Identifying skeletal growth patterns in children with unilateral fibular hemimelia

By Staff News Brief

Fibular hemimelia is a rare congenital anomaly with an estimated incidence of 1:50,000 to 1:175,000 births. This disease entity causes deformity of the lower extremity affecting both the foot and long-bones, resulting in limb-length discrepancy. The disease spectrum is variable, ranging from mild to severe forms of the condition, with the most severe form requiring amputation. It is unilateral in 80% of the cases.1

Limb lengthening with reconstruction is the preferred treatment for patients with mild-to-moderate leg length discrepancy and mild foot deformities. However, treatment strategy and timing are critical in success and future livelihood of these patients. An in-depth and comprehensive knowledge of skeletal growth and maturation patterns of this disease entity is paramount. Yet, these patterns have not been well characterized due to the disease rarity.

Radiologists at Boston Children’s Hospital conducted a retrospective study to establish the patterns of skeletal growth and maturation in children with unilateral fibular hemimelia. They verified the constant inhibition of growth that typifies this disease entity. Constant inhibition of growth is a process by which the length ratios between the shorter and longer limbs remain constant through growth.

This concept is widely utilized, but scientific data supporting this concept is sparce. Lead author Andy Tsai, MD, PhD, a pediatric musculoskeletal specialist, and colleagues detailed the skeletal growth and maturation patterns in children with unilateral hemimelia in a data-driven article published online September 28th in Pediatric Radiology.

The authors identified 23 children who had been treated over a 17 year period at Boston Children’s Hospital. The children ranged in age from 2.5 to 18.3 years for the 15 boys, and from 1.3 to 11.7 years for the eight girls. The children had between 2 to 11 scanograms performed during the study interval to measure their LLD, for a total of 115 scanograms for the 23 children. (Scanograms are often created by digitally stitching together three anteroposterior radiographs of the hips, knees, and ankles with a single ruler fixed along the long axis of each lower extremity separately.)

To assess the growth curves of these children, their femoral and tibial bone lengths were plotted against chronological ages and compared to the published reference growth standards Anderson, Messner, and Green.2 The authors calculated the longitudinal length ratios between the shorter and longer limbs for both femurs and tibias to assess for constant inhibition of growth. To assess the skeletal maturation pattern, the authors plotted the estimated bone ages against chronological age, and compared them to published reference skeletal maturation standards of Greulich and Pyle.3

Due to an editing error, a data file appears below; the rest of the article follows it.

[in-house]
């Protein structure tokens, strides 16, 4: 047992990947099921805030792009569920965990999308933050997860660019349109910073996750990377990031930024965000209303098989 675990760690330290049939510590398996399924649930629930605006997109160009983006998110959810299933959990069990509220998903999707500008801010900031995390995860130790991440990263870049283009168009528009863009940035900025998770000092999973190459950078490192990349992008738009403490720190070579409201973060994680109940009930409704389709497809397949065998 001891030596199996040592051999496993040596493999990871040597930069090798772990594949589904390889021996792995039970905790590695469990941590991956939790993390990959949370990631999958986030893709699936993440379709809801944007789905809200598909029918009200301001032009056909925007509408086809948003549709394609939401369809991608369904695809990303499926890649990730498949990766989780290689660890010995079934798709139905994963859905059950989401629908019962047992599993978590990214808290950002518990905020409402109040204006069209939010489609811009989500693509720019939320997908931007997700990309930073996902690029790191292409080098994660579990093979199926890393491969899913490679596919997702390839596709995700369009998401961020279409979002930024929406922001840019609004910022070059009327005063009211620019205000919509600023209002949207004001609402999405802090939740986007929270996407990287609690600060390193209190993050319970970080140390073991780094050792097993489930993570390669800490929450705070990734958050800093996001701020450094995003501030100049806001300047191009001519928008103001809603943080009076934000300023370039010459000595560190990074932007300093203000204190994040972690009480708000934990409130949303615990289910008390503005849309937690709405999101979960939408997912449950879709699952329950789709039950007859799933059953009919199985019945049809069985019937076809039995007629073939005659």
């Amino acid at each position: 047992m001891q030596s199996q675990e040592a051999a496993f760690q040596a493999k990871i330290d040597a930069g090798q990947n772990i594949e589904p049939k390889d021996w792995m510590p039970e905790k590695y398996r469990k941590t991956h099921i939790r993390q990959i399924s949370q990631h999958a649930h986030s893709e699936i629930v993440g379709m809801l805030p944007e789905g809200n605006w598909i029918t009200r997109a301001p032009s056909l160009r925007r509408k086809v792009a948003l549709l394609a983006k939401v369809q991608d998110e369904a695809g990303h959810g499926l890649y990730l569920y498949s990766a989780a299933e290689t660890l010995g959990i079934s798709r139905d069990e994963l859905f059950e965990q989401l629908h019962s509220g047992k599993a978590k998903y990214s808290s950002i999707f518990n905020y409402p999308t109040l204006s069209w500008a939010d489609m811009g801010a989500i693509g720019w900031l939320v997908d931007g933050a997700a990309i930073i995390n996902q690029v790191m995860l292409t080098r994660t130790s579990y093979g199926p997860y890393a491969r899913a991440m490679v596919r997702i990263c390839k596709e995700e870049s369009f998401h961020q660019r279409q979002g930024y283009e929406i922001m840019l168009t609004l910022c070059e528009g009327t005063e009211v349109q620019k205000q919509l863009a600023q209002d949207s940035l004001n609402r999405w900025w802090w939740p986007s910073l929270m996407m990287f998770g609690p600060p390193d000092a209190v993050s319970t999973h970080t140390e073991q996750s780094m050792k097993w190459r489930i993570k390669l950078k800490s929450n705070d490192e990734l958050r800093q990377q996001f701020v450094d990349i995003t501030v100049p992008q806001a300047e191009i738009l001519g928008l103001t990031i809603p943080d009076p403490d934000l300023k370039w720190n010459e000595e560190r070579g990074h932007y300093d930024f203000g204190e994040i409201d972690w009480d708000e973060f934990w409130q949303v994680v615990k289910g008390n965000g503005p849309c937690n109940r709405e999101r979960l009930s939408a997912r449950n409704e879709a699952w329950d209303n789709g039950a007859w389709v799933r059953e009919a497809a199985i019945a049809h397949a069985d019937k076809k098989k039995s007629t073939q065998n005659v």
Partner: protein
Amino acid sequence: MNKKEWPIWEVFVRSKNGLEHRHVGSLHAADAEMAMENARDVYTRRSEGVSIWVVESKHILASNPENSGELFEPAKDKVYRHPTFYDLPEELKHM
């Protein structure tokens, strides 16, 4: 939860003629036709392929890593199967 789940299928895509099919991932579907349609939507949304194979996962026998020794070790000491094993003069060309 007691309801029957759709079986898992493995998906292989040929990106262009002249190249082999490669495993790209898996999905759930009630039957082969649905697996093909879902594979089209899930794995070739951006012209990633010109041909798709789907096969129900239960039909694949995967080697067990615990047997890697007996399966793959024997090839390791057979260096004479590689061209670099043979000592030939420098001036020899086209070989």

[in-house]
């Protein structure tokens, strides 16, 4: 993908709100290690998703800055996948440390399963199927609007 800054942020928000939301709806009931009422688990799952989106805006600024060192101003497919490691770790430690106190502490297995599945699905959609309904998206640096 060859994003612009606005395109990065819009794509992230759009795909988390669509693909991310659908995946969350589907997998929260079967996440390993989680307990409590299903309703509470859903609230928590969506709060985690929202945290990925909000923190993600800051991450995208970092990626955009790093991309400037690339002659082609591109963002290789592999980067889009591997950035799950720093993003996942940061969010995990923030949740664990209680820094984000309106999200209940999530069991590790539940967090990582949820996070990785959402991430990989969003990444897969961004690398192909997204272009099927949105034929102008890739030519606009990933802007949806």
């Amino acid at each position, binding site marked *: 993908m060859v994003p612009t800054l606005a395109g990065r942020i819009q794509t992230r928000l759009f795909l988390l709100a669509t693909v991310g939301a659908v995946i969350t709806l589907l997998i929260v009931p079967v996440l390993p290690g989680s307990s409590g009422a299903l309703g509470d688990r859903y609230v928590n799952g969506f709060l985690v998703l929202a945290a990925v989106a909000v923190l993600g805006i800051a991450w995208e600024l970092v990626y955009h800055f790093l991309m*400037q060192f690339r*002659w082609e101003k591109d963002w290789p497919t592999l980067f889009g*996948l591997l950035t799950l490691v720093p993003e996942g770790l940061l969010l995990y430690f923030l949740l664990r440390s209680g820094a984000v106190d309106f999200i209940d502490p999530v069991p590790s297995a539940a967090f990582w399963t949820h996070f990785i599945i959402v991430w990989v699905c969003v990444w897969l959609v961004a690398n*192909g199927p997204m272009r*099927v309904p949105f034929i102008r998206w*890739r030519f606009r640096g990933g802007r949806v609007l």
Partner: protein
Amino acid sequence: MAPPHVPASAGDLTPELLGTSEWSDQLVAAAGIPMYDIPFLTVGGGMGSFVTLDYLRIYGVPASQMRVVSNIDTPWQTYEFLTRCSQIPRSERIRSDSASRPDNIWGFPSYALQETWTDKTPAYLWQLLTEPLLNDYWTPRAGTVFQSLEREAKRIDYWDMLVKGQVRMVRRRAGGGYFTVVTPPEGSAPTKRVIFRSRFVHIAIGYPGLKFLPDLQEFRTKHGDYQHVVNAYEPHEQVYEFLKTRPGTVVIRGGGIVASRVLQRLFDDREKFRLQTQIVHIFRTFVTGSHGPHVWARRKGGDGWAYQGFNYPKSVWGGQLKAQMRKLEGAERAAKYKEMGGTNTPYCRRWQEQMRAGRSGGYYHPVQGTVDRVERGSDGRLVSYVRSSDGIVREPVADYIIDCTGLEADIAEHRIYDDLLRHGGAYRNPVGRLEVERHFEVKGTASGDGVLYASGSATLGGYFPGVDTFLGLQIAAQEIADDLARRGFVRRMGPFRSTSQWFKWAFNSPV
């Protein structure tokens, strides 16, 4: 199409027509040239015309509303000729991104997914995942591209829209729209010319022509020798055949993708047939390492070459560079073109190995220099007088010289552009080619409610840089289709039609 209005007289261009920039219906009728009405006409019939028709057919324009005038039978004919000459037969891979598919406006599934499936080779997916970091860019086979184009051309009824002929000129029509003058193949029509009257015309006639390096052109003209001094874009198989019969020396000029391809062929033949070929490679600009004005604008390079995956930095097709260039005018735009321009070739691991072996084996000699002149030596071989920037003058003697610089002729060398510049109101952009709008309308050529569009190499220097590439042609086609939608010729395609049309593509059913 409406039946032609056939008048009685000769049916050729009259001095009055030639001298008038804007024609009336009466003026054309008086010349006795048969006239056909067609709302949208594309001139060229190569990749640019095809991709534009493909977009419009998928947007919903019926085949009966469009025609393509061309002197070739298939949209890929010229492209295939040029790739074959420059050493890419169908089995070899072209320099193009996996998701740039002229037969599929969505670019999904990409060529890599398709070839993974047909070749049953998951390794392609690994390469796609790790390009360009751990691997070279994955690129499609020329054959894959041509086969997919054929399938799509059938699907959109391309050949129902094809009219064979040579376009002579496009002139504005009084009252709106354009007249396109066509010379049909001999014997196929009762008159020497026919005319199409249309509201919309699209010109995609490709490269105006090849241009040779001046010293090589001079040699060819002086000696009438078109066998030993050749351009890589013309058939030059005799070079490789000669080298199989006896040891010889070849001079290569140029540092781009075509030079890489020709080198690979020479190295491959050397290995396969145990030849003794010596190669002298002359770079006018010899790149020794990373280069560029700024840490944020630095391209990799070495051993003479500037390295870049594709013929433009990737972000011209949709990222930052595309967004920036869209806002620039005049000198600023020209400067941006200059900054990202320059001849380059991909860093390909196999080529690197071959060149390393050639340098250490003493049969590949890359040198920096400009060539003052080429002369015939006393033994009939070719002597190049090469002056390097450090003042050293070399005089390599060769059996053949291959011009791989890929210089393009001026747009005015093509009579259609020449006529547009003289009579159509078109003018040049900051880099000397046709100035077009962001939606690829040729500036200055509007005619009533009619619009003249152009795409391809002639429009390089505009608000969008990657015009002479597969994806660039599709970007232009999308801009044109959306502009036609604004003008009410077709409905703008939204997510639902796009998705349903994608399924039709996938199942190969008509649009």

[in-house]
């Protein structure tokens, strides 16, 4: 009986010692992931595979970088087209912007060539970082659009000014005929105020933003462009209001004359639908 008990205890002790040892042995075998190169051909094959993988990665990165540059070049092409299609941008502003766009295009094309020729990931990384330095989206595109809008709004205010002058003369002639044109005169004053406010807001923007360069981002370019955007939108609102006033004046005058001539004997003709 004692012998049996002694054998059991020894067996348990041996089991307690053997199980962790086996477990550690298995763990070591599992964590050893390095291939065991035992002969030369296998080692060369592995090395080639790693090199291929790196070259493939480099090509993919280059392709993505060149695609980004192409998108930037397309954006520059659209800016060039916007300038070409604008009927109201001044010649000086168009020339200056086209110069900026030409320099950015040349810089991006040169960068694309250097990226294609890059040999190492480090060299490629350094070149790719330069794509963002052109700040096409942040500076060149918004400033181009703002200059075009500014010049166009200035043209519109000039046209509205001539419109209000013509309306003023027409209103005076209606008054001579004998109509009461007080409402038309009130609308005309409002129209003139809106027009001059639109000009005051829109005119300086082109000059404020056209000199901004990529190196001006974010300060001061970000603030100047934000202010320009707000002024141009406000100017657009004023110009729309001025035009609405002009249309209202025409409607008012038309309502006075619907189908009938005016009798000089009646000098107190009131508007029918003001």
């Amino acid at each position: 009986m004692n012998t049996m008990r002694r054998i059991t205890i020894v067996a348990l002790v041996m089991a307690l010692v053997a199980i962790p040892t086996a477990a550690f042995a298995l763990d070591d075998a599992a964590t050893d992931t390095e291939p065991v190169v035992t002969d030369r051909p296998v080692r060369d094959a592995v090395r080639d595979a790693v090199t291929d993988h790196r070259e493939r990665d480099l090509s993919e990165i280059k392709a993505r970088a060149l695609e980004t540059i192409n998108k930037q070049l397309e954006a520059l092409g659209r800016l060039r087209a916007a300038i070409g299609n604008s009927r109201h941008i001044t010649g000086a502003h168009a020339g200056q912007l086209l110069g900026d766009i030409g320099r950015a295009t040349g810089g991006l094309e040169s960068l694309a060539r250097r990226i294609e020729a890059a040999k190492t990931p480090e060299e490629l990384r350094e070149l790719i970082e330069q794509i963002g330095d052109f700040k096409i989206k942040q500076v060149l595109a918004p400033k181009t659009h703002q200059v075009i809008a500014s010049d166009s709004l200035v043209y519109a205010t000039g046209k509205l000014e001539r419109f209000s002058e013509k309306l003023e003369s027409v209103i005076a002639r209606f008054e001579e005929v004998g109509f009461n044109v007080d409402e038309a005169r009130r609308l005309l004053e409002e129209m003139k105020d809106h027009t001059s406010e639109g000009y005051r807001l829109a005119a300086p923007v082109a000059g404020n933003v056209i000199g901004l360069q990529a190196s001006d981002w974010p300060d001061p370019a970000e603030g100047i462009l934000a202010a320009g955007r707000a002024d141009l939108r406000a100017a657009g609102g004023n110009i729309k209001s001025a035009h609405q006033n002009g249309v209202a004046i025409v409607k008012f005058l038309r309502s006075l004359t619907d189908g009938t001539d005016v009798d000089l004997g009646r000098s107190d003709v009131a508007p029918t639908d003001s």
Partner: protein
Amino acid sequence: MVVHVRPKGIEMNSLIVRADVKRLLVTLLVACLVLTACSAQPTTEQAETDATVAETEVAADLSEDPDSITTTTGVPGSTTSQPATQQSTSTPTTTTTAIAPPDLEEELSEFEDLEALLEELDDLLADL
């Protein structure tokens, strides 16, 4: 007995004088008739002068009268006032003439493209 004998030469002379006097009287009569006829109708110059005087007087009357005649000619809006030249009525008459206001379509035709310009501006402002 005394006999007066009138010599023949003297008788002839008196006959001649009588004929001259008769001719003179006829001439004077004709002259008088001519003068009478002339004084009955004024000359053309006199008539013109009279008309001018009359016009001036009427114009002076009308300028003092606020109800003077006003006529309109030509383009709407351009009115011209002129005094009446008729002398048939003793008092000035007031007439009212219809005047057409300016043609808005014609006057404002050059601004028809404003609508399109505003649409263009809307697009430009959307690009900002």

The authors found that the femoral and tibial growth curves for both the shorter and longer limbs had similar slopes and overall trajectories to the normal femoral and tibial growth curves. They reported that the percentage shortening of the shorter limb to the longer limb remained relatively constant throughout skeletal growth, in support of constant inhibition of growth. The estimated bone ages of these children followed their respective chronological ages, indicating normal skeletal maturation pattern.

The findings of the study support the Moseley straight-line graph method of predicting LLD for surgical management, a popular method published in 1978 that had been questioned by orthopedic specialists at Semmelweis University in Budapest, Hungary.2,4  The authors stated that their research refuted the suggestion by the physicians at Semmelweis University that bone ages of children with unilateral fibular hemimelia are delayed between the ages of 4 to 6 years and advance from age 6 to maturity.

“Our study confirms the relatively normal growth curves of the lower-extremity long bones with constant inhibition of growth of the affected extremity, as well as normal skeletal maturation of children with unilateral fibular hemimelia,” wrote the authors. “These data lend further support to the customary approach of predicting ultimate limb-length and LDD - informing decisions for therapy timing in children.”

“It is imperative to understand the skeletal maturation pattern because growth and maturation are intimately related to each other. The skeletal growth pattern in these children needs to be fully characterized because it can affect treatment planning,” they added.


  1. Paley D. Surgical reconstruction for fibular hemimelia. J Child Orthop. 2016;10(6):557-583.
  2. Anderson M, Messner MB, Green WT. Distribution of lengths of the normal femur and tibia in children from one to eighteen years of age. J Bone Joint Surg Am. 1964;46(6);1197-1202.
  3. Gruelich WW, Pyle SI. Radiogaphic atlas of the hand and wrist. Palo Alto, CA: Stanford University Press, 1959.
  4. Szoke G, Mackenzie WG, Domos G, et al. Possible mistakes in prediction of bone maturation in fibular hemimelia by Mosely chart. Int Orthop. 2011;35(5):755-9.
  5. Tsai A, Kleinman PD, Laor T, et al. Lower-extremity growth patterns and skeletal maturation in children with unilateral fibular hemimelia. Pediatr Rad. Published online September 29, 2018.
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Identifying skeletal growth patterns in children with unilateral fibular hemimelia.  Appl Radiol. 

By Staff News Brief| December 05, 2018
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